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Bruins Clawing Their Way Back to Respectability

The Santa Clara High football team has long struggled to keep up with crosstown rival Wilcox. Most of the top youth football players in the city end up attending Wilcox and playing for the Chargers. That has left a steep hill to climb for the Bruins football program to maintain any sense of relevancy. As evidenced this season, there is still quite a gap between the two teams, but there is a strong argument to be made that the gap has been closed by a significant margin.

Bruins Head Coach Andrew Calderon took over the head coaching duties this year for the first time, but he has been coaching in different assistant roles for the Bruins dating back to 2007. The Bruins therefore have a familiarity with their coach and seem to have a foundation they can build upon.

Despite going winless in the De Anza League this season, the Bruins could have very easily finished the league season at 3-3. Santa Clara was in position to have a chance to win late in the fourth quarter in games against Milpitas (10-0 final), Mountain View (21-14 final) and Homestead (29-26 final). A popular football cliche goes “you are what your record says you are” but in this case, the Bruins were actually far better than what their record says.


They competed admirably in the upper division of the Santa Clara Valley Athletic League (SCVAL) this season. With the SCVAL bylaws though, the Bruins will likely be bumped down to the El Camino League next season due to their last place finish.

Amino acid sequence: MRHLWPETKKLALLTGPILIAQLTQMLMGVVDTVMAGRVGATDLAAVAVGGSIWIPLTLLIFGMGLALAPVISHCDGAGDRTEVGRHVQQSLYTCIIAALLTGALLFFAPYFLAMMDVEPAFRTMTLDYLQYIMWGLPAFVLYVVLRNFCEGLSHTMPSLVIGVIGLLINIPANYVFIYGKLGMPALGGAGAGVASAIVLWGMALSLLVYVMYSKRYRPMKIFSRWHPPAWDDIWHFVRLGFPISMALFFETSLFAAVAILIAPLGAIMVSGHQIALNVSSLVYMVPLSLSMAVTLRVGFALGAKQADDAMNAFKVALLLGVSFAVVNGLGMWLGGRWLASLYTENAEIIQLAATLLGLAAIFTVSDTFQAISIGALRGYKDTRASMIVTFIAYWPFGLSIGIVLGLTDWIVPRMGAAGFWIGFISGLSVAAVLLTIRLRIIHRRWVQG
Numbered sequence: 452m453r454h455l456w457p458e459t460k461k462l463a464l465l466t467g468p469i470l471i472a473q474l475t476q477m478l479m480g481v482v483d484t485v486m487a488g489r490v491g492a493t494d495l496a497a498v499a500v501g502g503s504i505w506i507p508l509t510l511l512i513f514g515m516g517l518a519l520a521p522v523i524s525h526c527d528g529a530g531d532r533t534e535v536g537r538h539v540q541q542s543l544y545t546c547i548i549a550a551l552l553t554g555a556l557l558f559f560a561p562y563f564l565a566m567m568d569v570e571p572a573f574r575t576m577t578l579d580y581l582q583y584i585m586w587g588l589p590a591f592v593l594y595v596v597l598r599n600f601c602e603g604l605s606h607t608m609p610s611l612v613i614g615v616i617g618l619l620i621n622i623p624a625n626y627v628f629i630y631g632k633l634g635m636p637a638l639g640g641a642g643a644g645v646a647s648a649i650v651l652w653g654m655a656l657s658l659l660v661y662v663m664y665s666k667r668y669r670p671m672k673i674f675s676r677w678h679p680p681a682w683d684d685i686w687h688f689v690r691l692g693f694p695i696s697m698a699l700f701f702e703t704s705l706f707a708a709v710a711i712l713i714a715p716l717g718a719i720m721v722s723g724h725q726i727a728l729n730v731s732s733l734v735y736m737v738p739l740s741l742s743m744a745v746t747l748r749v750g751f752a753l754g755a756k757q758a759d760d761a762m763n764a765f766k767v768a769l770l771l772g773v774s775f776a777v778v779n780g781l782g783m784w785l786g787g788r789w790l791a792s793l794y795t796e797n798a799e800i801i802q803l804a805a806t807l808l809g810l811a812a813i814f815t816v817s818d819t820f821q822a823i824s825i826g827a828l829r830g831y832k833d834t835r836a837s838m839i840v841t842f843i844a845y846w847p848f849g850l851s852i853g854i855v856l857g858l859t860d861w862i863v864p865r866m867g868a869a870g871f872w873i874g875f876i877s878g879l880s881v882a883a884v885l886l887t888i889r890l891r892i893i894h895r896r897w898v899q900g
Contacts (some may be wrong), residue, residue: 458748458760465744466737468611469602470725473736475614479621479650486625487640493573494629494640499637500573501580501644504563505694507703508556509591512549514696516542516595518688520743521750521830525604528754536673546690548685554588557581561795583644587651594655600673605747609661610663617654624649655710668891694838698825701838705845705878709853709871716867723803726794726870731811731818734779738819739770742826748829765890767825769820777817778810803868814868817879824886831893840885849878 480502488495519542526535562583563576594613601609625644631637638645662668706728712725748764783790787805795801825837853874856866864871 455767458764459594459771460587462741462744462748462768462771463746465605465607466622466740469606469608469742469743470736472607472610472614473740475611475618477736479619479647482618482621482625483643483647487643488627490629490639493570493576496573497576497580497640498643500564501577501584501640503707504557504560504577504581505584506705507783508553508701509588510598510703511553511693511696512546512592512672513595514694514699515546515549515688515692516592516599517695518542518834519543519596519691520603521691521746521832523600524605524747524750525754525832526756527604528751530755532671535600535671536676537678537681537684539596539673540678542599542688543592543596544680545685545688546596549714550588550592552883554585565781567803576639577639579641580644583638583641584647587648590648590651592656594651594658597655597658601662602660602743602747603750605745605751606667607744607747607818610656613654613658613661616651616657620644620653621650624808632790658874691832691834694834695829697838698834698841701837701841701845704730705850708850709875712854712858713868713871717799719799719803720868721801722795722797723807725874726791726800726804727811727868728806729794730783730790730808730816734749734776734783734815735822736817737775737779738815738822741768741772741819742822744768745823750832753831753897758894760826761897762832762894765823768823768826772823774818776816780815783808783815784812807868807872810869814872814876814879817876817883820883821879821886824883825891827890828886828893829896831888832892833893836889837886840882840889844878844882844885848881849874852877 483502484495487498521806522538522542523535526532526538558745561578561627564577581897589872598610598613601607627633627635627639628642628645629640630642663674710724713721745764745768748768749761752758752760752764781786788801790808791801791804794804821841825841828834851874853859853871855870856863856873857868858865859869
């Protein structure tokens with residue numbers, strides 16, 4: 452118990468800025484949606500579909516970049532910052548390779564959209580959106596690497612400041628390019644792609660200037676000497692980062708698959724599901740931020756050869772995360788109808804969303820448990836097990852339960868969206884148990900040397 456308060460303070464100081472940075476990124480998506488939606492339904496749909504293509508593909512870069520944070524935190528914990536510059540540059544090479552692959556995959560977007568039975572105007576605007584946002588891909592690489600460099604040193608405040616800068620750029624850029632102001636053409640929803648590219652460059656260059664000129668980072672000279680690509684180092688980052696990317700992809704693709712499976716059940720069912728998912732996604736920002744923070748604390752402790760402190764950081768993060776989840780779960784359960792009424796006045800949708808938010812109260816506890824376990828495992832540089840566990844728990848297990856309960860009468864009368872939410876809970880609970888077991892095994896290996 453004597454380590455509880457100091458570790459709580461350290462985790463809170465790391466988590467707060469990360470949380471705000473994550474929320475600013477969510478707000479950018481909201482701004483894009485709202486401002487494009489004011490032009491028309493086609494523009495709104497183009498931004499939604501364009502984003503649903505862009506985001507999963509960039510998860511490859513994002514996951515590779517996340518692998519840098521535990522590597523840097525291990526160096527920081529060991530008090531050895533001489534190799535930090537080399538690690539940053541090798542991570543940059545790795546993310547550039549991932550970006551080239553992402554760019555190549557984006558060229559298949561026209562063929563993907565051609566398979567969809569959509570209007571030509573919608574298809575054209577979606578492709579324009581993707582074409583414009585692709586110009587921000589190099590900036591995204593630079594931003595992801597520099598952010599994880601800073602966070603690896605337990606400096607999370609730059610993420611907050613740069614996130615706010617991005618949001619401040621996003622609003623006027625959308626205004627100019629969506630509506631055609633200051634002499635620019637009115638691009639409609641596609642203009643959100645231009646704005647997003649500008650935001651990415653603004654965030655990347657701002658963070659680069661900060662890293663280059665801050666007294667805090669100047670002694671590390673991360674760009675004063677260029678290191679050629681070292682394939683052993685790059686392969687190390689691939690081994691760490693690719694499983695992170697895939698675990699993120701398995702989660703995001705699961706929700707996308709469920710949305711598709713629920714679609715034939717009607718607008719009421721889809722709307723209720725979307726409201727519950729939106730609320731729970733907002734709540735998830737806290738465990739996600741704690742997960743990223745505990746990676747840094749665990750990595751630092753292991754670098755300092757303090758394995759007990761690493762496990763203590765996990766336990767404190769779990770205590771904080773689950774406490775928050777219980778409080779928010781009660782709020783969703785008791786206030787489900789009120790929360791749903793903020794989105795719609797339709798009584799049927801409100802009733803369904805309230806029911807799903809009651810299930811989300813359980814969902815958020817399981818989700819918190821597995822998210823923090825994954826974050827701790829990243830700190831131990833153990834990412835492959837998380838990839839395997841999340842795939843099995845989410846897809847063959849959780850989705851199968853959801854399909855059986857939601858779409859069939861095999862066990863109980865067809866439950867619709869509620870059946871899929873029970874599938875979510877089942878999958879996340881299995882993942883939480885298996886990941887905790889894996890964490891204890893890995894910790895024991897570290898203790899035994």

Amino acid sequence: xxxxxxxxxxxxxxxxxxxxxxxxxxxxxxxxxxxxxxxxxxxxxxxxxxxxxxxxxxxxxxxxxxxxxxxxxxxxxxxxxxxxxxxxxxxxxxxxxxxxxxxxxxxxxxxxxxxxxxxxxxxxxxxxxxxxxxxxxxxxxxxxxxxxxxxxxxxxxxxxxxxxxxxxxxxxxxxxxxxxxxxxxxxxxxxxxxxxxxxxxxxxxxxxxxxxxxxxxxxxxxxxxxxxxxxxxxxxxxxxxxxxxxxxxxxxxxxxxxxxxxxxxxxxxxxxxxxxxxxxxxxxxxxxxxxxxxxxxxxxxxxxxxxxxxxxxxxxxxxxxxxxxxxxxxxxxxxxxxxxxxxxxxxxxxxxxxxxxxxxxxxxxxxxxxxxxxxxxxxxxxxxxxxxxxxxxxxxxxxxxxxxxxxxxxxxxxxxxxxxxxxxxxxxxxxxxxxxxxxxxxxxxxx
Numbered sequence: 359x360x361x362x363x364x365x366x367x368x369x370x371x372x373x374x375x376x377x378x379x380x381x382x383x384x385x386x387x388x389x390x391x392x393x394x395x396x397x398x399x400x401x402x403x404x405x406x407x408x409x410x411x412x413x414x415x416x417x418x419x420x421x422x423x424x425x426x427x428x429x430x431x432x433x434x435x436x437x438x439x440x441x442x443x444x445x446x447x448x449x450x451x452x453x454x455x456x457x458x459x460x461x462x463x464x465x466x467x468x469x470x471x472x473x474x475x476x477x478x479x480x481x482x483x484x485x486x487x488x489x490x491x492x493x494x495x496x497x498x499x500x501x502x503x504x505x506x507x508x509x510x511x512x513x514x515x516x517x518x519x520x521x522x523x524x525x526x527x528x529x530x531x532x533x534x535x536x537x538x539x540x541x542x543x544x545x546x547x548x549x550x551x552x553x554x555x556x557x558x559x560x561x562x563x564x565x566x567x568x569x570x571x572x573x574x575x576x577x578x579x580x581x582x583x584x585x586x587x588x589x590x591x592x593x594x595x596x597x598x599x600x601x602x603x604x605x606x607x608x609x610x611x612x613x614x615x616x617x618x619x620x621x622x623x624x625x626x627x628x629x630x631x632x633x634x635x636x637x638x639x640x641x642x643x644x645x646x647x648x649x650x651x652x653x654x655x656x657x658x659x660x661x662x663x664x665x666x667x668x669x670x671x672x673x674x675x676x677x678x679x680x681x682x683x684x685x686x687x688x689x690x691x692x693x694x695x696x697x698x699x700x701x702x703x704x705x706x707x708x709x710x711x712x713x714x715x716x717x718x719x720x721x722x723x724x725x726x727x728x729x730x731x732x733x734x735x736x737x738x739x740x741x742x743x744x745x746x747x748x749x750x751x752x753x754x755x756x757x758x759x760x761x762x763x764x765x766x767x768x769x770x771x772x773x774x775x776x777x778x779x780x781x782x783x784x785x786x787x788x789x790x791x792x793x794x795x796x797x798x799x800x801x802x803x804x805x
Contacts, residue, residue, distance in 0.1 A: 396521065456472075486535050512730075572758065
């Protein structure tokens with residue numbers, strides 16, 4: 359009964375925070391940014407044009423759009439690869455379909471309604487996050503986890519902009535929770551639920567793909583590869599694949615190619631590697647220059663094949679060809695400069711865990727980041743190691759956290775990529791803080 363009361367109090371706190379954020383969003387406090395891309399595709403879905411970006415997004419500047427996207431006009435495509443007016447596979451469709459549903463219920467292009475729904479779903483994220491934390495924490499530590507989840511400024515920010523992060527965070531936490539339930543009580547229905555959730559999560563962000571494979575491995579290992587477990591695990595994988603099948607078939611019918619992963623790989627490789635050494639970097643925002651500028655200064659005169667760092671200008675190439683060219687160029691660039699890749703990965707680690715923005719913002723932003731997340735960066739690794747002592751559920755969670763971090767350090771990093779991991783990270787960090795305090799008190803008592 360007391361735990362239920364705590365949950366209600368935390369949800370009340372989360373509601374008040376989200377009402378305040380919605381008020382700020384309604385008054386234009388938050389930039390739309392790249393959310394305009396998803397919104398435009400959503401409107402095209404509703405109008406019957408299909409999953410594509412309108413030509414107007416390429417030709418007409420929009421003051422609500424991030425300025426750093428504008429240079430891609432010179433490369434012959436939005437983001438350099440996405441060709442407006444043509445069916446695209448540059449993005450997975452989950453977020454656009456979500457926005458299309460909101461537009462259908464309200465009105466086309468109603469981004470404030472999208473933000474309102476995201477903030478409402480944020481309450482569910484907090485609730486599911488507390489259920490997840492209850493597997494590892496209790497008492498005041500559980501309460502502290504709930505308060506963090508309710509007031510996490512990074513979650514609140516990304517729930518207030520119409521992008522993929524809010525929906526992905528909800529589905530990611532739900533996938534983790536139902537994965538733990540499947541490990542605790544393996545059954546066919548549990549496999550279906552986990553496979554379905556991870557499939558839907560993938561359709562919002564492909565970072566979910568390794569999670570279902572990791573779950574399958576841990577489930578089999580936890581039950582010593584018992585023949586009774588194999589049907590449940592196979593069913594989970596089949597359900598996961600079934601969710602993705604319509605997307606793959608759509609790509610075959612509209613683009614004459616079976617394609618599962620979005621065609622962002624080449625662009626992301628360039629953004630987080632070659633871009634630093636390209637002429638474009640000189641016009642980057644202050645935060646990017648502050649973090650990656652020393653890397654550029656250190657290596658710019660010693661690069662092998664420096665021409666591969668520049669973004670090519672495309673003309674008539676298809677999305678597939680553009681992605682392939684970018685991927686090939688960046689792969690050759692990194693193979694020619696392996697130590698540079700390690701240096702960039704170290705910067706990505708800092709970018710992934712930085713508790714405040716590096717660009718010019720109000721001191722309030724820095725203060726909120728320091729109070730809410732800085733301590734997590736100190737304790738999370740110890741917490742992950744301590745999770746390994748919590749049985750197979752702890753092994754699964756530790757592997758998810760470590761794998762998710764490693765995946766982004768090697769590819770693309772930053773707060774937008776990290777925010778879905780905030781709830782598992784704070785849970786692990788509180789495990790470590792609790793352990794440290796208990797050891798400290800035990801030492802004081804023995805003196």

“This might be the perfect scenario for us since we are graduating half of our team. I’m graduating 20 something guys and I think our roster was 22,” noted Coach Calderon. “It’s probably not a bad thing to go down to the El Camino. They need to learn how to win; they need to learn how to win tough games. And then if we have success, we can be ready for the De Anza again.”

That would be the ideal scenario for the Bruins, as Calderon expressed a lot of excitement about the sophomores who played this season. Most notable from that group would be starting quarterback Matthew Conklin who took over halfway through the season. It would be Conklin’s senior year in two years with the rest of his classmates back in the De Anza.

“It was definitely hard losing Aiden [Rangle] as quarterback because I have always been his center, but Matty came in and was a really good quarterback for us,” remarked senior center Owen MaCartney. “I think it was a good decision, especially for next year and moving forward. I think Matty is going to be really good for the future of Santa Clara football. He was a really darn good quarterback for us and he’s only going to get better.”

The Bruins could have had a divided locker room after a quarterback change, but the team bonded together and stuck together with extremely mature attitudes towards growth.

“We did way better than last year,” noted senior defensive end Jacob Allen. “We were more focused on self-growth than winning. As long as we keep getting better every game, that’s as good as we can do.”


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